Failing to account for how you want your assets to be dispersed following your death could create a serious headache for your surviving family members. While no one wants to think about their own passing, estate planning is an important task that shouldn't be avoided.
Here are three simple things that you can do to get started with the estate planning process in order to ensure the proper distribution of your assets in the future.
1. Determine who you want to inherit property.
The first step in the estate planning process should be determining who you want to inherit your property. Many individuals assume that their children will be able to divide any real estate or financial assets equally after they pass away, but this often isn't the case.
Unless you specifically designate who you want to inherit your property (and what type of property you want each individual to receive), surviving family members have no way of knowing what property they are entitled to. This can create contention and unrest among surviving family members, but taking the time to determine who you want to inherit before you pass can prevent family drama.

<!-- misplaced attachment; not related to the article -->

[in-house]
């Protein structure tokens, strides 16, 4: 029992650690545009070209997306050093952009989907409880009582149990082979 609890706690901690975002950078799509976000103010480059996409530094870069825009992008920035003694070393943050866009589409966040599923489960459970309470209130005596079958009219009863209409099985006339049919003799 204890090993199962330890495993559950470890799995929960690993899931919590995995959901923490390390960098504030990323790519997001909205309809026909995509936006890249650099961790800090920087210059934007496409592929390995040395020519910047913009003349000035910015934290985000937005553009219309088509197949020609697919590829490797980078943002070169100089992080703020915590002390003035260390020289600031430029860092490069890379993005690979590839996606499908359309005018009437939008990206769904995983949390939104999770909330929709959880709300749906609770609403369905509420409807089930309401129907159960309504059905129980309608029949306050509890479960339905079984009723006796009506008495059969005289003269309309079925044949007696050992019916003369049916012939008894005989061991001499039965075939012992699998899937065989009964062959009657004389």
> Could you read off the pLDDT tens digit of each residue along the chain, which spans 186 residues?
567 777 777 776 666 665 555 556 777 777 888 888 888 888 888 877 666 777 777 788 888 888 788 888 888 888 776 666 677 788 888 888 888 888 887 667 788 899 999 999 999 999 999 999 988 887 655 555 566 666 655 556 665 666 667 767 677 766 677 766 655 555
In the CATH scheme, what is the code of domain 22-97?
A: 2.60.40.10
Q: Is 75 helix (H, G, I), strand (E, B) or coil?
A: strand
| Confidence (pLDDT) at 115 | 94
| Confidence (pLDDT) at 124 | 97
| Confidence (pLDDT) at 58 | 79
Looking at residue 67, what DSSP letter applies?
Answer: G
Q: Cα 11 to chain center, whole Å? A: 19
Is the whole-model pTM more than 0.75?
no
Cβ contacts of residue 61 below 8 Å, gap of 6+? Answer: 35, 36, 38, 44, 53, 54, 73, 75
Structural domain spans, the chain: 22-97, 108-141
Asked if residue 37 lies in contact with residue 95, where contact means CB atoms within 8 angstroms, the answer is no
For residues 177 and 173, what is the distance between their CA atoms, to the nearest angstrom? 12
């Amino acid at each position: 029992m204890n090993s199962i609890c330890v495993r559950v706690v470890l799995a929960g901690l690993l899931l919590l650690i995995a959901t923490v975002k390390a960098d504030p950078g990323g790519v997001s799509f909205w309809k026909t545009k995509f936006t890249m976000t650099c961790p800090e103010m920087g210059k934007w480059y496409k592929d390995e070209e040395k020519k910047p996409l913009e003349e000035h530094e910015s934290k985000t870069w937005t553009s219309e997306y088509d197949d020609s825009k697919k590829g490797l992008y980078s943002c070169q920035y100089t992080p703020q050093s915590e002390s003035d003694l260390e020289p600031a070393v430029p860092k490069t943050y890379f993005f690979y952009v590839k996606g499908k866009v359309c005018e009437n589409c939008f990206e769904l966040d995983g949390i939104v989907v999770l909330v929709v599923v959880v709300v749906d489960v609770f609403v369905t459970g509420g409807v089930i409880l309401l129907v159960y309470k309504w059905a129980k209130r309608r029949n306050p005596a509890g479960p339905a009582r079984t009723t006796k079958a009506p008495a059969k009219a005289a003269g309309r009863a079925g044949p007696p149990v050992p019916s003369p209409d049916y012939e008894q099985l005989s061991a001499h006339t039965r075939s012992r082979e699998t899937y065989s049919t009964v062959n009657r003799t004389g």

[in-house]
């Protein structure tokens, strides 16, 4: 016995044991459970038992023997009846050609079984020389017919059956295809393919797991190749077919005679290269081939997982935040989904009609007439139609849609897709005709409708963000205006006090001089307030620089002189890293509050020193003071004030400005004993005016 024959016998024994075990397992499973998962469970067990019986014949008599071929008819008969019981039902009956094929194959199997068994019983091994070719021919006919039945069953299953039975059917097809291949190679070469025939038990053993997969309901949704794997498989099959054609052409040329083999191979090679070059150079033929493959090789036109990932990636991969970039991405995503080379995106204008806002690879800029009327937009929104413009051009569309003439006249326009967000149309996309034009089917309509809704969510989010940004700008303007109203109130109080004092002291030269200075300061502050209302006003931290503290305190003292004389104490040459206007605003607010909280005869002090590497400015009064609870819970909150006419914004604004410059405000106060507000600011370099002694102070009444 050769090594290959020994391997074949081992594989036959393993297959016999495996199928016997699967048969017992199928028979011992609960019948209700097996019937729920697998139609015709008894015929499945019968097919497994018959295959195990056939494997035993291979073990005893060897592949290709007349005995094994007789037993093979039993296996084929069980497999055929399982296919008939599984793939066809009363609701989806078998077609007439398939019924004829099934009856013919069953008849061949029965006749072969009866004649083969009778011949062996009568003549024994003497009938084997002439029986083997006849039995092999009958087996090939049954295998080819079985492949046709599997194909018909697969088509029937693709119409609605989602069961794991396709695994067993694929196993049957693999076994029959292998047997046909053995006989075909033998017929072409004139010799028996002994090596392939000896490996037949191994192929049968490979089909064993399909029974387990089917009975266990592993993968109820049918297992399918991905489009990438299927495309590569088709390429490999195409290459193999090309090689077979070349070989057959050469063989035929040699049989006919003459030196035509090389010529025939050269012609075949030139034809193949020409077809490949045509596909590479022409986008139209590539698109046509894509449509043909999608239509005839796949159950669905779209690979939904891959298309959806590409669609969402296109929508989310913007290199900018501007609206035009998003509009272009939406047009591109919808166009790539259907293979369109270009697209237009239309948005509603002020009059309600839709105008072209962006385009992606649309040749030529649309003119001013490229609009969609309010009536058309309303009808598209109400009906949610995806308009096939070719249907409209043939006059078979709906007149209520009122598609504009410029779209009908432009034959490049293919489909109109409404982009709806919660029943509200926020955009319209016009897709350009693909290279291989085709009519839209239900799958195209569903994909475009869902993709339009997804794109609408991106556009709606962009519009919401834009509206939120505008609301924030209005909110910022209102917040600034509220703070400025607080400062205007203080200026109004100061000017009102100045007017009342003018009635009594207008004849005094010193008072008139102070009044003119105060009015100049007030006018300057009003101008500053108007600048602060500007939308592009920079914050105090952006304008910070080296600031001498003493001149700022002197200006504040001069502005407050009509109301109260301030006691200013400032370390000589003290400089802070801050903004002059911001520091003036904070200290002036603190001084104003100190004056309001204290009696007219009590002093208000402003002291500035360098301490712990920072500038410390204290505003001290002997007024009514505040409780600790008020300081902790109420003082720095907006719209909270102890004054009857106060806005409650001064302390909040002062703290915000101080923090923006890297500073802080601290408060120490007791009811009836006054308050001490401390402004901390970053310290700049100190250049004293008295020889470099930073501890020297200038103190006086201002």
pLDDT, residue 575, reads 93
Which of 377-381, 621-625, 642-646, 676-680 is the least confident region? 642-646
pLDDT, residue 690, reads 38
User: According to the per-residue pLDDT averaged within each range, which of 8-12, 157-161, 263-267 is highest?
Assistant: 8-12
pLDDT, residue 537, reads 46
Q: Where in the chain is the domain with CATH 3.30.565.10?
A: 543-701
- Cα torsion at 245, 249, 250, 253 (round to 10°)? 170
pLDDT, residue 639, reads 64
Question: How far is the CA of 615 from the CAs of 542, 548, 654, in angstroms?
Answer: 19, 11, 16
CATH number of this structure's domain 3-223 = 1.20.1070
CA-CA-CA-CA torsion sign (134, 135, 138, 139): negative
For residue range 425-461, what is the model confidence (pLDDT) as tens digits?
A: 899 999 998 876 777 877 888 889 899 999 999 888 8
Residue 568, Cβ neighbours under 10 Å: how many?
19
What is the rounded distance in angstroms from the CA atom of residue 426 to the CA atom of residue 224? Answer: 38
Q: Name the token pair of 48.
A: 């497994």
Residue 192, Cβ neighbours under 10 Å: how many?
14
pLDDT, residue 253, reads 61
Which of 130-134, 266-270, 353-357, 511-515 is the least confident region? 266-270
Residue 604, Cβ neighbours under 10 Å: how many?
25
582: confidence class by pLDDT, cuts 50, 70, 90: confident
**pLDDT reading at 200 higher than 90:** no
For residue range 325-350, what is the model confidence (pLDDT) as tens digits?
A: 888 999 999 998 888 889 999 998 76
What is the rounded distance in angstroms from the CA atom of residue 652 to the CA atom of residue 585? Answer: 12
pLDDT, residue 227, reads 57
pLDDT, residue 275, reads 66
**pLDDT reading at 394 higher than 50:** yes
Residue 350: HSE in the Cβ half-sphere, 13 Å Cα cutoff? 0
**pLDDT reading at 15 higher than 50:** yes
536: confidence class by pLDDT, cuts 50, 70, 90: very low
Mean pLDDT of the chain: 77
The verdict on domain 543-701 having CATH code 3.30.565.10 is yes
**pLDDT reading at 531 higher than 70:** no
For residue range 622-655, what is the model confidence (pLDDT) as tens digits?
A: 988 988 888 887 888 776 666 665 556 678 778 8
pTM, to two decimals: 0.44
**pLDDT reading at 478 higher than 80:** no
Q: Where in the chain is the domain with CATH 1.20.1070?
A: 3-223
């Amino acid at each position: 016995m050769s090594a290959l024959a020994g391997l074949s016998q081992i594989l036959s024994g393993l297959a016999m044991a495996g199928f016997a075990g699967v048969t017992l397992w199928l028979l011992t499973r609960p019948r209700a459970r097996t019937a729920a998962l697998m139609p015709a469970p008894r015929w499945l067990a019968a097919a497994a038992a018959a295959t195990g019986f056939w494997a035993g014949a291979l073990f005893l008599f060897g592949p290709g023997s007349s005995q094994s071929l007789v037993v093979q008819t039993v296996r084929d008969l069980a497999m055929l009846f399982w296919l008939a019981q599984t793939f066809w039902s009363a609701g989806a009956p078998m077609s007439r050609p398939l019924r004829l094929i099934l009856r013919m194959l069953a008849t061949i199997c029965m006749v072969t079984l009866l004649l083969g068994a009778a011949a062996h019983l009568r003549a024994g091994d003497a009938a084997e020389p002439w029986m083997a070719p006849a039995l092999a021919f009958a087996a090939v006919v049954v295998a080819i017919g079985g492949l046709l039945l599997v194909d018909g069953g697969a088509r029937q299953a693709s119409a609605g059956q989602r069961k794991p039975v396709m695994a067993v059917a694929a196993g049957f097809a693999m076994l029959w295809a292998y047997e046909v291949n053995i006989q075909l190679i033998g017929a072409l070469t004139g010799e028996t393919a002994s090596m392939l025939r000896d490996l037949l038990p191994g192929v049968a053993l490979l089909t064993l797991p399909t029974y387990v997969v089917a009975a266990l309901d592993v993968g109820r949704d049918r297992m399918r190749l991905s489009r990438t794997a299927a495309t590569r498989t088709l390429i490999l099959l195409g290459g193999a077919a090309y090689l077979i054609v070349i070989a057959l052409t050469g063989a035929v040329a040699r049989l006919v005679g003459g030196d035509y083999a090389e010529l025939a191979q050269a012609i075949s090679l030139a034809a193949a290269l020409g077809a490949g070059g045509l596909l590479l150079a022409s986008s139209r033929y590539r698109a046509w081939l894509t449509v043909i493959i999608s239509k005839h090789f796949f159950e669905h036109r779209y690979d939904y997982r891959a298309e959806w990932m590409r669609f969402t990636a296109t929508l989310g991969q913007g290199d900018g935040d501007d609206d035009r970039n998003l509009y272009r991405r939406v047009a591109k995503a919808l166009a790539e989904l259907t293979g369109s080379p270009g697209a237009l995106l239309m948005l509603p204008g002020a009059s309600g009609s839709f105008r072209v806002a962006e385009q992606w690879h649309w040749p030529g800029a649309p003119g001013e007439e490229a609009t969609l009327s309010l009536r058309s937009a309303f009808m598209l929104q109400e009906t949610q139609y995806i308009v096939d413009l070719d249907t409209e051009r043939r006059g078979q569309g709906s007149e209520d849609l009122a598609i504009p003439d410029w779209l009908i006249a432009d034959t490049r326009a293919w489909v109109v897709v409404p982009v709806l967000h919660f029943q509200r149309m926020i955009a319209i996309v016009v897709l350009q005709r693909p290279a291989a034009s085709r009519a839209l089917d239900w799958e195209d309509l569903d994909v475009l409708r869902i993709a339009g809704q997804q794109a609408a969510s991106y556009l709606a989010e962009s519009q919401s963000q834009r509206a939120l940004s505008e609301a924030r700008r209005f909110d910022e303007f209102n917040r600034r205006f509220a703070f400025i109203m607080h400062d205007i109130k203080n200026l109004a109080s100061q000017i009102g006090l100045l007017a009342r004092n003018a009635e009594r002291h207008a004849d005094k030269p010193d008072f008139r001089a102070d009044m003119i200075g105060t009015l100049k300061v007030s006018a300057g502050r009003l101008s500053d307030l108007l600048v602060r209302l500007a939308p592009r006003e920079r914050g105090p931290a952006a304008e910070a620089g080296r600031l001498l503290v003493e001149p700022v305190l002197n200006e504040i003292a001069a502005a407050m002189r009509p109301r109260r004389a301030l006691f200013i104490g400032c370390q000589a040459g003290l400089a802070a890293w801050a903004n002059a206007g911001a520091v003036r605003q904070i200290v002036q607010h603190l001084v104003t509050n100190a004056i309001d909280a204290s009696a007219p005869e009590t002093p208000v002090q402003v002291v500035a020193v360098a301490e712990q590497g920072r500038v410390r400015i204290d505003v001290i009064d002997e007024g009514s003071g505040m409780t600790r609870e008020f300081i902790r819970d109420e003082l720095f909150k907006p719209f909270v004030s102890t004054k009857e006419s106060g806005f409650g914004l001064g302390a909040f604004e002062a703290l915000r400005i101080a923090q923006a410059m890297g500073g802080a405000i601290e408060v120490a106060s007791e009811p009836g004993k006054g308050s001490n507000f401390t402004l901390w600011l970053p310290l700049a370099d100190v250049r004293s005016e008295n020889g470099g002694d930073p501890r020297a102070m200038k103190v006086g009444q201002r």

2. Think about how you want your money spent.
In addition to determining who you want to inherit your property after your passing, you should also think about how you want any money that you leave to your heirs to be spent. If you want your children to use some of the inheritance to pay for college, pay off their mortgage, or dissolve any medical bills, you need to stipulate these wishes in your will.
You can work with your attorney to determine the best way to ensure your heirs spend the money they receive from your estate as you would want them to in the future.
3. Set money aside to pay off your debt.
Many of the debts that you incur during life will be inherited by your surviving family members. This can place a significant financial burden on your heirs, so you should create a special account that can be used to pay off debt as you complete the estate planning process.
This account could be a life insurance policy, a savings account, or some other type of financial account. Be sure that you consult with your attorney to determine the best way to leave money for your heirs to pay off your debts.
Once you are able to begin the estate planning process by determining who will inherit, how the money you leave behind should be used, and how much will be needed to pay off your debts, creating a will becomes a lot easier. For more information, contact companies like Valentine & Valentine PC.